• For example, how do relations of matter and meaning shift as a given text shifts from one medium to another? Do different modes of material embodiment produce different objects of study? And do these objects demand different (and possibly new) methods?
  • Can we think of paper objects as doing things the digitized or born-digital can’t and vice versa?
  • How does the new materiality of the digital environment trouble familiar distinctions between fragile and enduring records and the once taken for granted relations between access and preservation?
  • What can the digital offer to the complex material states associated with difficult manuscripts and damaged or altered physical documents?
  • And can such documents in turn help us to uncover and examine our assumptions about digital archives and the affordances of new processes of digitization?
  • If material literacy has remained largely under-developed in terms of engagements with analogue sources, can the complexities of materiality and matter in the digital environment now help to refine and strengthen these approaches?
  • What is the future ontological status of fonds for which there are no funds and no plans for digitization? How does this speak to a new political economy of archives and archiving?
  • How will the affordances of “socially amplified” digital archival spaces that explicitly provide for social reading, social writing and annotation challenge more static understandings of the archive and of the document? Will such affordances begin to blur existing (hierarchical) distinctions between categories of users? Will users through their contributions become part of what formally constitutes an archive or a document?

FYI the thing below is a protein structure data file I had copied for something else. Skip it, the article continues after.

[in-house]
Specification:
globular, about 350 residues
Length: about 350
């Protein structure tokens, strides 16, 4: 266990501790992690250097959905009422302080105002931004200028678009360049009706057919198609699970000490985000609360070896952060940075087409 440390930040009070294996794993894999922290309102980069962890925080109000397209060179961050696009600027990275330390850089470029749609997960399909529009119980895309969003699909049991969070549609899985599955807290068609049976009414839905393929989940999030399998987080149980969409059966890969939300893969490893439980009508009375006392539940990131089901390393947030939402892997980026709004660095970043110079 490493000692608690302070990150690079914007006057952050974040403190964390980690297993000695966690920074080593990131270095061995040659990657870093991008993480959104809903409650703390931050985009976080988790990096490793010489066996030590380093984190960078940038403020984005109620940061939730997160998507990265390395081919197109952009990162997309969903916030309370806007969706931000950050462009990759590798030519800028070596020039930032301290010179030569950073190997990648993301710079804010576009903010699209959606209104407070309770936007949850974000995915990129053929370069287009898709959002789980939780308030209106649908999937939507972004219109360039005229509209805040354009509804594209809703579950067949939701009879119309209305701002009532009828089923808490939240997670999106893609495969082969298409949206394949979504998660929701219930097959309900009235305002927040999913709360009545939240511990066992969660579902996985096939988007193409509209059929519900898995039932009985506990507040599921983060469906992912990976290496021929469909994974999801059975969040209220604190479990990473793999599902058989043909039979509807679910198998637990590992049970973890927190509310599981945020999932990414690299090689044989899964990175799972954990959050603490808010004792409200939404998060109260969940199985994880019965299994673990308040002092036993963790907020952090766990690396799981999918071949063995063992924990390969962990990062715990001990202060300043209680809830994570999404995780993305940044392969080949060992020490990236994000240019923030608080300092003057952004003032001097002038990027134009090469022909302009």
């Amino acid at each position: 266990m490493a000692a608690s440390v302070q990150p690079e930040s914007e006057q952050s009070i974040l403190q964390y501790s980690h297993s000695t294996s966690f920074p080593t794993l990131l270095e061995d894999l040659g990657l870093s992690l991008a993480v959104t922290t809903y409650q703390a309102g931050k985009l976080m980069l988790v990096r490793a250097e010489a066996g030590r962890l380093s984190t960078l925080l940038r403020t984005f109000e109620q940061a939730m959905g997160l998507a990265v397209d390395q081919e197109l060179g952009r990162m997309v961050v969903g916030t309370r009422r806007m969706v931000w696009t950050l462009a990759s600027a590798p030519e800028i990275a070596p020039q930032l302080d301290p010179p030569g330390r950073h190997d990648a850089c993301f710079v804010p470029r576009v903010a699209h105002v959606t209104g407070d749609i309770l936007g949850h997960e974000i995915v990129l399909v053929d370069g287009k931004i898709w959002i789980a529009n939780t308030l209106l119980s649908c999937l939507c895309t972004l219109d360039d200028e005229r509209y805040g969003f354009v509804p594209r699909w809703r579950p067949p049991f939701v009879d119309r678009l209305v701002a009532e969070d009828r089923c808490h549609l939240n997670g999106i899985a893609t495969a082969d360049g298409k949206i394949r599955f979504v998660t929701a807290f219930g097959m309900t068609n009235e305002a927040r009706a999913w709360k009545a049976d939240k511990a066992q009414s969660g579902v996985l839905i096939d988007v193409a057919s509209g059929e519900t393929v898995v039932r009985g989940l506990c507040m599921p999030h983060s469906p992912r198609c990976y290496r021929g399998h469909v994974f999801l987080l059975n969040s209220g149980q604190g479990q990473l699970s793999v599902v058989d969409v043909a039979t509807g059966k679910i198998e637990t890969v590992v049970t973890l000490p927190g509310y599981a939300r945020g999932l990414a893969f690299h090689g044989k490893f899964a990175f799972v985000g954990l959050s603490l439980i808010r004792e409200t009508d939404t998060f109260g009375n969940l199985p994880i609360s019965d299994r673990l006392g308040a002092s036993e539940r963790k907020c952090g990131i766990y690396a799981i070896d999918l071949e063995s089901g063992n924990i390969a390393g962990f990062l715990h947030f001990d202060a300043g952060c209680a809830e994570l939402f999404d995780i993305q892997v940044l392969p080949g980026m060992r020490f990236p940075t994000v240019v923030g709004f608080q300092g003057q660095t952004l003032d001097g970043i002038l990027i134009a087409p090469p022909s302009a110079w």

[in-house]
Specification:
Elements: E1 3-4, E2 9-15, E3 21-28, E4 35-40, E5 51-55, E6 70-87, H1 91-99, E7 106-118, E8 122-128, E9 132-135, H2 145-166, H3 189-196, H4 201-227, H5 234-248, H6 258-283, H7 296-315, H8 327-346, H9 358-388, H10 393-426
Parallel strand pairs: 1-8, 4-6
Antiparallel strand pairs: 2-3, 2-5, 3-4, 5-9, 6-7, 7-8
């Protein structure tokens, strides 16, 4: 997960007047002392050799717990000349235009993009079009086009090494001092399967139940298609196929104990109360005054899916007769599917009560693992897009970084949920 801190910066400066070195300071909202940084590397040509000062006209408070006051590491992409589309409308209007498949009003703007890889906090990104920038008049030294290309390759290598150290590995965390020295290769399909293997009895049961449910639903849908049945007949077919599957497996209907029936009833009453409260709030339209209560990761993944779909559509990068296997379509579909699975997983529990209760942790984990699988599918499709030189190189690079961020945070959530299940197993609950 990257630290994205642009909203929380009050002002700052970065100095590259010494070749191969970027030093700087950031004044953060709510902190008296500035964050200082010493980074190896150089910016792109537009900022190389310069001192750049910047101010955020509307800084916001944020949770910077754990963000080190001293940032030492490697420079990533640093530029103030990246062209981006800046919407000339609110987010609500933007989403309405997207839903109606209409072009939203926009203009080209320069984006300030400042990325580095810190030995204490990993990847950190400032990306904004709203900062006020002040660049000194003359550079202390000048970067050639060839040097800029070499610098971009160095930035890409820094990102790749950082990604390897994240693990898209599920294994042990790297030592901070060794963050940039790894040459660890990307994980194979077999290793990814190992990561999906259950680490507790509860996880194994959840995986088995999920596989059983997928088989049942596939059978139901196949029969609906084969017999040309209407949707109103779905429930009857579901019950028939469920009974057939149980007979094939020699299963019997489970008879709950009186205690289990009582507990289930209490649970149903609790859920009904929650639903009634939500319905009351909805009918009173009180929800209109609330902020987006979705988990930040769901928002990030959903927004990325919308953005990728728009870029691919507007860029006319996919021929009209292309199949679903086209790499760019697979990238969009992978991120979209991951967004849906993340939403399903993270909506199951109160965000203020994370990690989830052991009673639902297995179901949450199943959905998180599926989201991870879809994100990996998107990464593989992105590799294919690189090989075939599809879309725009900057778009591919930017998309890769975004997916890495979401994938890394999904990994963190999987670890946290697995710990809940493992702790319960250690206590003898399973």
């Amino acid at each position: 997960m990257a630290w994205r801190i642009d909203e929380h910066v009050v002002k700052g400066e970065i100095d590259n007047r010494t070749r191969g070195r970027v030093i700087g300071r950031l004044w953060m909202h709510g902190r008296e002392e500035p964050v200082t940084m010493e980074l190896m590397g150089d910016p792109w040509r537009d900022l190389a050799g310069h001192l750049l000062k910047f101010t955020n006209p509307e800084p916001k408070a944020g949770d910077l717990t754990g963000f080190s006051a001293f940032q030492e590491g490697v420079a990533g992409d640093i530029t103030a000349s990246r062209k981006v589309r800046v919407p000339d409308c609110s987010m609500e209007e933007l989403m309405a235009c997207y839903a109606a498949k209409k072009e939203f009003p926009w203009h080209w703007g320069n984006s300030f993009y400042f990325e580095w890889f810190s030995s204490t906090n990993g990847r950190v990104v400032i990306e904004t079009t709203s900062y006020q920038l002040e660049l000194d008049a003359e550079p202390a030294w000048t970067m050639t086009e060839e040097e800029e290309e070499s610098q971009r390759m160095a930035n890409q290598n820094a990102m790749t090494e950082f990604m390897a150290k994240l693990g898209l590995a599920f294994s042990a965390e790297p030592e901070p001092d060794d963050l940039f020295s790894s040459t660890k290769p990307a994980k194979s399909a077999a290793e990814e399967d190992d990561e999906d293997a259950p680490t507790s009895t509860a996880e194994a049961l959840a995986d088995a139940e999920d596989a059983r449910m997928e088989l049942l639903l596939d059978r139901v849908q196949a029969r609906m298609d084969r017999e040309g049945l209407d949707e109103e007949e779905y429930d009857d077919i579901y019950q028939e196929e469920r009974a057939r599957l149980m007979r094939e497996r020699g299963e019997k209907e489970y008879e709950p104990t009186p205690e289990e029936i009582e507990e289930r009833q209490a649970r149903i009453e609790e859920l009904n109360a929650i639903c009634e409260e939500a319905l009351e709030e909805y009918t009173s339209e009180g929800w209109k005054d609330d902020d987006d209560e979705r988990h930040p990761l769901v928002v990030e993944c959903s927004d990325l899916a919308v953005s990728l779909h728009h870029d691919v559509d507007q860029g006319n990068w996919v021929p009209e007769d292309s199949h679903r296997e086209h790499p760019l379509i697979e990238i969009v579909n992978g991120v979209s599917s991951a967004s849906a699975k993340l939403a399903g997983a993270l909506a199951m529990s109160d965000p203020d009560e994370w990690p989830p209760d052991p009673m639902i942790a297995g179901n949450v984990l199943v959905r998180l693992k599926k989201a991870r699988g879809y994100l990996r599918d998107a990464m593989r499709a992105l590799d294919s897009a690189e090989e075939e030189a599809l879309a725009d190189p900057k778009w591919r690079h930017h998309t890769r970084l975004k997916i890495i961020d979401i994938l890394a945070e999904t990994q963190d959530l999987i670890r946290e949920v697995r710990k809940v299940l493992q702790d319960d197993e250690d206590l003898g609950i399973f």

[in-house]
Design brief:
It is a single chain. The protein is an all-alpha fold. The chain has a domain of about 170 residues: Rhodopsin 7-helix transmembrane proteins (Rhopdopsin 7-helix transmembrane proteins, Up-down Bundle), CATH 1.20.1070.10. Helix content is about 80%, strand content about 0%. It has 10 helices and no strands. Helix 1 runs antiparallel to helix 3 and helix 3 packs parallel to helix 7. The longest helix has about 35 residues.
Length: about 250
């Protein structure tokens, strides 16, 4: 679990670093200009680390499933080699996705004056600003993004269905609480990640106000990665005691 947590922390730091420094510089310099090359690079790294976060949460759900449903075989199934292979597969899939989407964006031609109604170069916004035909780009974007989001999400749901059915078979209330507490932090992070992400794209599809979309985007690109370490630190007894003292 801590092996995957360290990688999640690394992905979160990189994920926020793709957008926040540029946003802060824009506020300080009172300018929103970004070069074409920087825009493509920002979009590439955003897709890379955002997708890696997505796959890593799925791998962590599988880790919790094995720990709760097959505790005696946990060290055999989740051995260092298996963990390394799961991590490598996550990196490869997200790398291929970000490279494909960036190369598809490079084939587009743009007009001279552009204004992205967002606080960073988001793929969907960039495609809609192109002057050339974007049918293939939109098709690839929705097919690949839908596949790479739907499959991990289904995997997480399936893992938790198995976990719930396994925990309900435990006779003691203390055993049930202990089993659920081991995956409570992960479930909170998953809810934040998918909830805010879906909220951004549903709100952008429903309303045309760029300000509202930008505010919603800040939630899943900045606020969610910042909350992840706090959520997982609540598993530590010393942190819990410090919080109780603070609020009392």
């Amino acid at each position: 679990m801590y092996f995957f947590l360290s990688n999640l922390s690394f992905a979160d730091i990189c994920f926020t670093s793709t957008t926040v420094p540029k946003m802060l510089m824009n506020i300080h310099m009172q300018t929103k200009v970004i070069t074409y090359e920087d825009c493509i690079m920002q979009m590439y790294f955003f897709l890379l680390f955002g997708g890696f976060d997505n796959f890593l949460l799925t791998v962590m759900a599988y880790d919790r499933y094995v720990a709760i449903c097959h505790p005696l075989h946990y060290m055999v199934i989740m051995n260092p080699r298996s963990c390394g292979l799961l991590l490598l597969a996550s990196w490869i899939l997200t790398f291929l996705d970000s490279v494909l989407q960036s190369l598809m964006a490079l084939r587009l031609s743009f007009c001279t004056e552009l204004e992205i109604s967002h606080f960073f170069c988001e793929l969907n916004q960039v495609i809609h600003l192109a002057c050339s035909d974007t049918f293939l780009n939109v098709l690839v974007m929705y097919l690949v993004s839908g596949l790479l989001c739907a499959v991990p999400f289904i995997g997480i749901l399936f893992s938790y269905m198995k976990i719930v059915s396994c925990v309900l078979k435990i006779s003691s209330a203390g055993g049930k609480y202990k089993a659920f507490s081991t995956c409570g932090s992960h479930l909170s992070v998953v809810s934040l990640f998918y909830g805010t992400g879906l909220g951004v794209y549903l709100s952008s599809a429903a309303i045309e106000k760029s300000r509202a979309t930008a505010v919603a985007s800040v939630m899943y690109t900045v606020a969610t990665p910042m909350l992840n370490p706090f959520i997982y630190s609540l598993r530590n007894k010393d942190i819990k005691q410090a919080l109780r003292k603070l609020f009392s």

• How does the digital archival environment challenge what we have known about the space and time of the archive? How can we talk about new and emerging spatio-temporal coordinates of archival accumulation?

As these questions demonstrate, familiar distinctions have been emptied out, boundaries are dissolving, and we are witnessing a convergence of the “what” and the “how” of our engagements with archived and archivable materials. Researchers and archivists are thus confronting not only radical transformations to the very ‘stuff’ we study or otherwise work with but equally radical revisions to familiar knowledge-making practices.

It is important then that we remember how futures – and radically uncertain ones at that – have been central historically to the formation, management and use of archives. After all, the preservation of cultural heritage has always been premised on its as yet undetermined future potential. As Derrida reminds us, “if we want to know what [the archive] will have meant, we will only know in times to come”.

Maryanne Dever



Karen Barad, What is the Measure of Nothingness? 100 Notes – 100 Thoughts. No. 99. Erschienen im Hatje Cantz Verlag, 2012.

Jacques Derrida, Archive Fever. Trans. Eric Prenowitz. Chicago: The University of Chicago Press, 2002.

Jacques Derrida, Paper Machine. Trans. Rachel Bowlby. Stanford, Ca.: Stanford University Press, 2005.

Mike Featherstone, “Archive.” Theory, Culture and Society 23:2-3 (2006): 591-596.

Marlene Manoff, “Archive and Database As Metaphor: Theorizing The Historical Record.” Portal: Libraries and The Academy. 10.4 (2010): 385-398.

Jerome McGann, “Culture and Technology.” New Literary History 36.1 (2005): 71-82.